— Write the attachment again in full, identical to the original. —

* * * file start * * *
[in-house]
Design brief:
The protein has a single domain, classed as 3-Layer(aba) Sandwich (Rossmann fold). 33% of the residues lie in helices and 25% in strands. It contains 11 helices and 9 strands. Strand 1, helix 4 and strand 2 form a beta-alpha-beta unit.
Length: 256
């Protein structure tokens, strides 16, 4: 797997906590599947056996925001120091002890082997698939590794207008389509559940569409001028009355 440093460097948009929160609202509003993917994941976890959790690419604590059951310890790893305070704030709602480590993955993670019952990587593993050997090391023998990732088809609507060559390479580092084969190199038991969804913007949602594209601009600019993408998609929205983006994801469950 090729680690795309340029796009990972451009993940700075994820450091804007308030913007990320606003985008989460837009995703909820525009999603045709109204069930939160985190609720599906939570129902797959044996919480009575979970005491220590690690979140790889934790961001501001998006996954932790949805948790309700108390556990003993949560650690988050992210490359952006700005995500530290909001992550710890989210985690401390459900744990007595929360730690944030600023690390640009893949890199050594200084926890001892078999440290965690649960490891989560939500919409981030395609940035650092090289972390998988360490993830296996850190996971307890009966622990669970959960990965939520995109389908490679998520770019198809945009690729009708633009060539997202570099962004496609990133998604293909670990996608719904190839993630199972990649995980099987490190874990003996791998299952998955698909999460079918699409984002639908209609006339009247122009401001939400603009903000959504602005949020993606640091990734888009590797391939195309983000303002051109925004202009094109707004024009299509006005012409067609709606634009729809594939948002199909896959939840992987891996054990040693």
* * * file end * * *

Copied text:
[in-house]
Design brief:
The protein has a single domain, classed as 3-Layer(aba) Sandwich (Rossmann fold). 33% of the residues lie in helices and 25% in strands. It contains 11 helices and 9 strands. Strand 1, helix 4 and strand 2 form a beta-alpha-beta unit.
Length: 256
């Protein structure tokens, strides 16, 4: 797997906590599947056996925001120091002890082997698939590794207008389509559940569409001028009355 440093460097948009929160609202509003993917994941976890959790690419604590059951310890790893305070704030709602480590993955993670019952990587593993050997090391023998990732088809609507060559390479580092084969190199038991969804913007949602594209601009600019993408998609929205983006994801469950 090729680690795309340029796009990972451009993940700075994820450091804007308030913007990320606003985008989460837009995703909820525009999603045709109204069930939160985190609720599906939570129902797959044996919480009575979970005491220590690690979140790889934790961001501001998006996954932790949805948790309700108390556990003993949560650690988050992210490359952006700005995500530290909001992550710890989210985690401390459900744990007595929360730690944030600023690390640009893949890199050594200084926890001892078999440290965690649960490891989560939500919409981030395609940035650092090289972390998988360490993830296996850190996971307890009966622990669970959960990965939520995109389908490679998520770019198809945009690729009708633009060539997202570099962004496609990133998604293909670990996608719904190839993630199972990649995980099987490190874990003996791998299952998955698909999460079918699409984002639908209609006339009247122009401001939400603009903000959504602005949020993606640091990734888009590797391939195309983000303002051109925004202009094109707004024009299509006005012409067609709606634009729809594939948002199909896959939840992987891996054990040693």